While your general dentist might be great when it comes to filling cavities and making sure your teeth are healthy, if you should develop gum disease, or periodontal disease, it's likely that they will refer you to a periodontist. Periodontists specialize in periodontics, a branch that focuses on the prevention and treatment of gum disease.
Gum disease is very common in the United States. A study published in the Journal of Periodontology confirms that 46 percent of people over the age of 30 in the U.S. have periodontitis (gum disease). While you can reduce your risk for gum disease by brushing your teeth twice a day, flossing and seeing your dentist, there might come a time when you need to schedule a visit with a periodontist and learn more about periodontics.
Who Are Periodontists?
As the American Academy of Periodontology (AAP) points out, periodontists are dentists who complete three additional years of schooling after dental school. Periodontists focus on the prevention, diagnosis and treatment of gum diseases. They also can provide patients with dental implants.
What Does a Periodontist Do?
While a general dentist might be able to treat a mild cause of gum disease, like gingivitis, during a routine visit, if you have a more severe or advanced form of the disease, it's likely you'll want to see a periodontist. Some periodontists specialize in particularly advanced forms of the disease.
What your periodontist will do to treat gum disease depends in large part on the severity of the disease. Mild cases of gum disease might only require a deep cleaning or a treatment known as scaling and root planing. More severe cases might require surgery to replace lost gum tissue or treatments to reduce the size of pockets between the teeth and gums. In the most severe cases, your periodontist might remove very damaged or decayed teeth and replace them with dental implants.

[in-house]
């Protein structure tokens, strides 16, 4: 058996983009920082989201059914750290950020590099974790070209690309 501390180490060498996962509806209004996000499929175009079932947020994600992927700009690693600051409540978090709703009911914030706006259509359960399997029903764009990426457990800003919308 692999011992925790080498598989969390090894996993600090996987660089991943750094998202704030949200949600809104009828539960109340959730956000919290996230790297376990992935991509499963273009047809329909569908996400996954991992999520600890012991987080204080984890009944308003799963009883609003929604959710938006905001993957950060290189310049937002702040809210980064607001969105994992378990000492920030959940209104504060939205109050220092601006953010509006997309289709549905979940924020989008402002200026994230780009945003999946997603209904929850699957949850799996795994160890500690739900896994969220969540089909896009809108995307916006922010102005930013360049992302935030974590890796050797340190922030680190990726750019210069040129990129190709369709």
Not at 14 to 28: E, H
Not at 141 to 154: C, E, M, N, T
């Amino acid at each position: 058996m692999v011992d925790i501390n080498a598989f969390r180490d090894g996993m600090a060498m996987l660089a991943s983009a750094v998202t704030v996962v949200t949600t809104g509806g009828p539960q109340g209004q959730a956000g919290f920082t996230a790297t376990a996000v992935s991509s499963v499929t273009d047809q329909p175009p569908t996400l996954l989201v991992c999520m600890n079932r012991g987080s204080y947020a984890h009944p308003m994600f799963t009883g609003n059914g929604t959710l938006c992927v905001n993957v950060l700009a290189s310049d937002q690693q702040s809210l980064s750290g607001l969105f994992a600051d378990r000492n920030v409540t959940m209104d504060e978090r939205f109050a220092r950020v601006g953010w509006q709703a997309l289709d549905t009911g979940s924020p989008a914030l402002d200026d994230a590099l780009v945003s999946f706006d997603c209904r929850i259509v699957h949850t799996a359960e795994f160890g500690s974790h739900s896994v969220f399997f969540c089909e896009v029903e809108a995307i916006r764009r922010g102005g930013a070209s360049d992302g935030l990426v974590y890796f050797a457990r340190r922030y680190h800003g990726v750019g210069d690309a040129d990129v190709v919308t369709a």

Dental implants aren't the same thing as dentures or other types of replacement teeth. An implant becomes a part of your mouth and looks and feels like a natural tooth. You'll be able to clean the implant just like you would your natural teeth. When a periodontist places a dental implant, they screw and secure a titanium into the bone that supports the teeth and then securely attach a crown to the top of the implant abutment.
How a Periodontist Helps Prevent Gum Disease
One aspect of periodontics that doesn't get as much attention as the treatment of gum disease is the prevention of gum disease. A periodontist shouldn't just be there to treat instances of periodontal disease. They can also help you avoid the disease in the first place.
The AAP formulated the Comprehensive Periodontal Exam, an annual examination that aims to detect any signs of gum disease early. The exam also gives dentists a good overview of how healthy a patient's mouth is. During the exam, a periodontist will evaluate your teeth, gums, plaque, bone structure, bite and any risk factors you might have, such as smoking or a family history of gum disease.
After the exam, they might make recommendations to protect your teeth and gums. For example, your dentist might recommend that you brush more frequently or that you swish with a mouthwash like Colgate Total Mouthwash for Gum Health. It provides advanced gum protection for 45 percent stronger, healthier gums.
What to Look for in a Periodontist
If your general dentist recommends seeing a periodontist, odds are they will recommend someone to you. If not, it helps to know what to look for in a dental specialist. Look for someone who has the appropriate education and specialized training in periodontics. It's also a good idea to choose a dentist who has years of experience, especially experience performing the type of treatment you're likely to need.
Don't forget about logistics when picking a periodontist. Look for a dental specialist whose office is open during hours that work with your schedule. If you are going to use insurance, it helps to find a doctor who is part of your dental insurance network.